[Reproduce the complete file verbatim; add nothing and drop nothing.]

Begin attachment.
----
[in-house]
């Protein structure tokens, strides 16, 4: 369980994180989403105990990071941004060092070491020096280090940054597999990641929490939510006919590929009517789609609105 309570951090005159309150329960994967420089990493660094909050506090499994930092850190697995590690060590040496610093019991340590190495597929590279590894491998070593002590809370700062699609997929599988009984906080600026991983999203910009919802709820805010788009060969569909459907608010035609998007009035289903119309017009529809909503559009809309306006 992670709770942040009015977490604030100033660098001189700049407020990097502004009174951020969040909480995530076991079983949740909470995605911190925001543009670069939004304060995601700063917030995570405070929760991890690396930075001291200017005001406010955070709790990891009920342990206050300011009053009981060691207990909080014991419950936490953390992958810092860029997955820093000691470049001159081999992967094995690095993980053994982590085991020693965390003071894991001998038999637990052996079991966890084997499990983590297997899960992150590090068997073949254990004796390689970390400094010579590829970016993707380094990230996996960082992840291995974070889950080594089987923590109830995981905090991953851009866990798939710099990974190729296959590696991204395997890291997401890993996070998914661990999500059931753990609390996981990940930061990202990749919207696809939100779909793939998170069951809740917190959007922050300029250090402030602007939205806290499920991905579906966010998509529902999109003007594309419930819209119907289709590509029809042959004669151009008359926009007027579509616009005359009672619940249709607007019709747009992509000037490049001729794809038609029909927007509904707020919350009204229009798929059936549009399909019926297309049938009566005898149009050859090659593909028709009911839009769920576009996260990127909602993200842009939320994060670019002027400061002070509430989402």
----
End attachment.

[in-house]
């Protein structure tokens, strides 16, 4: 369980994180989403105990990071941004060092070491020096280090940054597999990641929490939510006919590929009517789609609105 309570951090005159309150329960994967420089990493660094909050506090499994930092850190697995590690060590040496610093019991340590190495597929590279590894491998070593002590809370700062699609997929599988009984906080600026991983999203910009919802709820805010788009060969569909459907608010035609998007009035289903119309017009529809909503559009809309306006 992670709770942040009015977490604030100033660098001189700049407020990097502004009174951020969040909480995530076991079983949740909470995605911190925001543009670069939004304060995601700063917030995570405070929760991890690396930075001291200017005001406010955070709790990891009920342990206050300011009053009981060691207990909080014991419950936490953390992958810092860029997955820093000691470049001159081999992967094995690095993980053994982590085991020693965390003071894991001998038999637990052996079991966890084997499990983590297997899960992150590090068997073949254990004796390689970390400094010579590829970016993707380094990230996996960082992840291995974070889950080594089987923590109830995981905090991953851009866990798939710099990974190729296959590696991204395997890291997401890993996070998914661990999500059931753990609390996981990940930061990202990749919207696809939100779909793939998170069951809740917190959007922050300029250090402030602007939205806290499920991905579906966010998509529902999109003007594309419930819209119907289709590509029809042959004669151009008359926009007027579509616009005359009672619940249709607007019709747009992509000037490049001729794809038609029909927007509904707020919350009204229009798929059936549009399909019926297309049938009566005898149009050859090659593909028709009911839009769920576009996260990127909602993200842009939320994060670019002027400061002070509430989402």